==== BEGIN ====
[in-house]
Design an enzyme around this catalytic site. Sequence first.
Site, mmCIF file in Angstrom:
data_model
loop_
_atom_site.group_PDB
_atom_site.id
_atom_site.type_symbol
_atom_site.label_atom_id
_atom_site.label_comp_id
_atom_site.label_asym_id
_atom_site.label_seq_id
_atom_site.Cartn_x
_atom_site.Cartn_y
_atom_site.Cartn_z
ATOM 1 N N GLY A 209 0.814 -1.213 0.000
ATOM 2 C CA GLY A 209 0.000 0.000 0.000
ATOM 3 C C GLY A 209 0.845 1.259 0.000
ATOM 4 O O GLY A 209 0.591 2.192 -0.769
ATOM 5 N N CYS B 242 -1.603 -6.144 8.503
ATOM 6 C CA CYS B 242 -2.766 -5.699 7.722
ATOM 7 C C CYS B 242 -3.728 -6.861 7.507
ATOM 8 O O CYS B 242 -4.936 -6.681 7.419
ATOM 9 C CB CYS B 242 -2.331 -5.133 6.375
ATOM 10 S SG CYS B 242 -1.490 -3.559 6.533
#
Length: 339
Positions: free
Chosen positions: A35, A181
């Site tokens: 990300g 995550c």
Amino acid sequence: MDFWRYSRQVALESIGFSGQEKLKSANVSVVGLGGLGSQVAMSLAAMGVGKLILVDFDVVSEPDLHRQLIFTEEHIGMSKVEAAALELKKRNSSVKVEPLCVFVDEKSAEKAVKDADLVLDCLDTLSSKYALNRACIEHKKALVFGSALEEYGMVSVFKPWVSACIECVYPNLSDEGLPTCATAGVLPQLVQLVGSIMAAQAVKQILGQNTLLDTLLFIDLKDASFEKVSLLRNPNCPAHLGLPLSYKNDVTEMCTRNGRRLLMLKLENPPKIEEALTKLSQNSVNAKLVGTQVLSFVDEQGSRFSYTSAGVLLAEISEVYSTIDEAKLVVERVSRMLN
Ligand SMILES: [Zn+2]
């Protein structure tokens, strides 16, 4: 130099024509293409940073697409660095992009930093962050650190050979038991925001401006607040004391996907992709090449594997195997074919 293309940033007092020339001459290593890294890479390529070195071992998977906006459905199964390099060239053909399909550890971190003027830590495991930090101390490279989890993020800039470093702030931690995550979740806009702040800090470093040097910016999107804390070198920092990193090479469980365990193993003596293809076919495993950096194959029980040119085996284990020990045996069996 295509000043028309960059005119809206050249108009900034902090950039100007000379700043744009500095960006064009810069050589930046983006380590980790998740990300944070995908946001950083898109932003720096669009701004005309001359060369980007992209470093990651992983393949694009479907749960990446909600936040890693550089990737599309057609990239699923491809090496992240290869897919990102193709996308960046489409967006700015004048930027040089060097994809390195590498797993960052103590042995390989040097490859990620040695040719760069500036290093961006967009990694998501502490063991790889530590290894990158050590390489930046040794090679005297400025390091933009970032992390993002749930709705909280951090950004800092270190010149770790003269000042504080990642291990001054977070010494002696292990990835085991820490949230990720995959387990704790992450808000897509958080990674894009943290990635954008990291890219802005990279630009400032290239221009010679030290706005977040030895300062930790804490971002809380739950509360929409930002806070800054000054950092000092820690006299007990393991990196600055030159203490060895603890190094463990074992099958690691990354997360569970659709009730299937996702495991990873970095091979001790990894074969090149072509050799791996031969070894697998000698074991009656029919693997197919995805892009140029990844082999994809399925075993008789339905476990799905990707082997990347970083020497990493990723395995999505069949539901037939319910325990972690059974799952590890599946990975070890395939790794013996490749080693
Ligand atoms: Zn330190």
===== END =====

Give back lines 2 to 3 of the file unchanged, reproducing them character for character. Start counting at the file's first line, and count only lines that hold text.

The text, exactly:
Design an enzyme around this catalytic site. Sequence first.
Site, mmCIF file in Angstrom: